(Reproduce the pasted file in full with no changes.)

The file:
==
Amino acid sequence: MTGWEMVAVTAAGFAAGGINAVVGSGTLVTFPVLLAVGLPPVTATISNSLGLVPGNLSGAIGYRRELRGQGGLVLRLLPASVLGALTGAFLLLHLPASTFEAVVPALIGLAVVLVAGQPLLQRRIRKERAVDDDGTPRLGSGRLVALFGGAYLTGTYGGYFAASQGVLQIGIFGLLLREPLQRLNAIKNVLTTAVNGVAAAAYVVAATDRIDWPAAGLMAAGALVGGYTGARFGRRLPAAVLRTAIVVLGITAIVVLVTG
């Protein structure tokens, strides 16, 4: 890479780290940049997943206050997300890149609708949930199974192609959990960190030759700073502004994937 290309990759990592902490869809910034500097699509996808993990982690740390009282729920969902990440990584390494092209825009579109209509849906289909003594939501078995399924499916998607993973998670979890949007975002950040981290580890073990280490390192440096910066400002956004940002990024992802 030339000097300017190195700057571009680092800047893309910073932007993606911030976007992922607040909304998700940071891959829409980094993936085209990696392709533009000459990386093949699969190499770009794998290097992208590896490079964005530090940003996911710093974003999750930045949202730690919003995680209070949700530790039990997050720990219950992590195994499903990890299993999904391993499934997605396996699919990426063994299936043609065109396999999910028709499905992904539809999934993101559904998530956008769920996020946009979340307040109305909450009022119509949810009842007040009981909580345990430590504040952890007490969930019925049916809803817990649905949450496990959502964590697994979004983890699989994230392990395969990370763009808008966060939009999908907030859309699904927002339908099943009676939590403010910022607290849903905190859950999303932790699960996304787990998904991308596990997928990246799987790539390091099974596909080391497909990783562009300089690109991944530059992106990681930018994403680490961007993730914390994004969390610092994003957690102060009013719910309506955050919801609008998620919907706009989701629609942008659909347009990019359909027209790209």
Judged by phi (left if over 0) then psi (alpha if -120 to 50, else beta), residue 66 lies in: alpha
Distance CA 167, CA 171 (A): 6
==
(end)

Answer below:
Amino acid sequence: MTGWEMVAVTAAGFAAGGINAVVGSGTLVTFPVLLAVGLPPVTATISNSLGLVPGNLSGAIGYRRELRGQGGLVLRLLPASVLGALTGAFLLLHLPASTFEAVVPALIGLAVVLVAGQPLLQRRIRKERAVDDDGTPRLGSGRLVALFGGAYLTGTYGGYFAASQGVLQIGIFGLLLREPLQRLNAIKNVLTTAVNGVAAAAYVVAATDRIDWPAAGLMAAGALVGGYTGARFGRRLPAAVLRTAIVVLGITAIVVLVTG
């Protein structure tokens, strides 16, 4: 890479780290940049997943206050997300890149609708949930199974192609959990960190030759700073502004994937 290309990759990592902490869809910034500097699509996808993990982690740390009282729920969902990440990584390494092209825009579109209509849906289909003594939501078995399924499916998607993973998670979890949007975002950040981290580890073990280490390192440096910066400002956004940002990024992802 030339000097300017190195700057571009680092800047893309910073932007993606911030976007992922607040909304998700940071891959829409980094993936085209990696392709533009000459990386093949699969190499770009794998290097992208590896490079964005530090940003996911710093974003999750930045949202730690919003995680209070949700530790039990997050720990219950992590195994499903990890299993999904391993499934997605396996699919990426063994299936043609065109396999999910028709499905992904539809999934993101559904998530956008769920996020946009979340307040109305909450009022119509949810009842007040009981909580345990430590504040952890007490969930019925049916809803817990649905949450496990959502964590697994979004983890699989994230392990395969990370763009808008966060939009999908907030859309699904927002339908099943009676939590403010910022607290849903905190859950999303932790699960996304787990998904991308596990997928990246799987790539390091099974596909080391497909990783562009300089690109991944530059992106990681930018994403680490961007993730914390994004969390610092994003957690102060009013719910309506955050919801609008998620919907706009989701629609942008659909347009990019359909027209790209």
Judged by phi (left if over 0) then psi (alpha if -120 to 50, else beta), residue 66 lies in: alpha
Distance CA 167, CA 171 (A): 6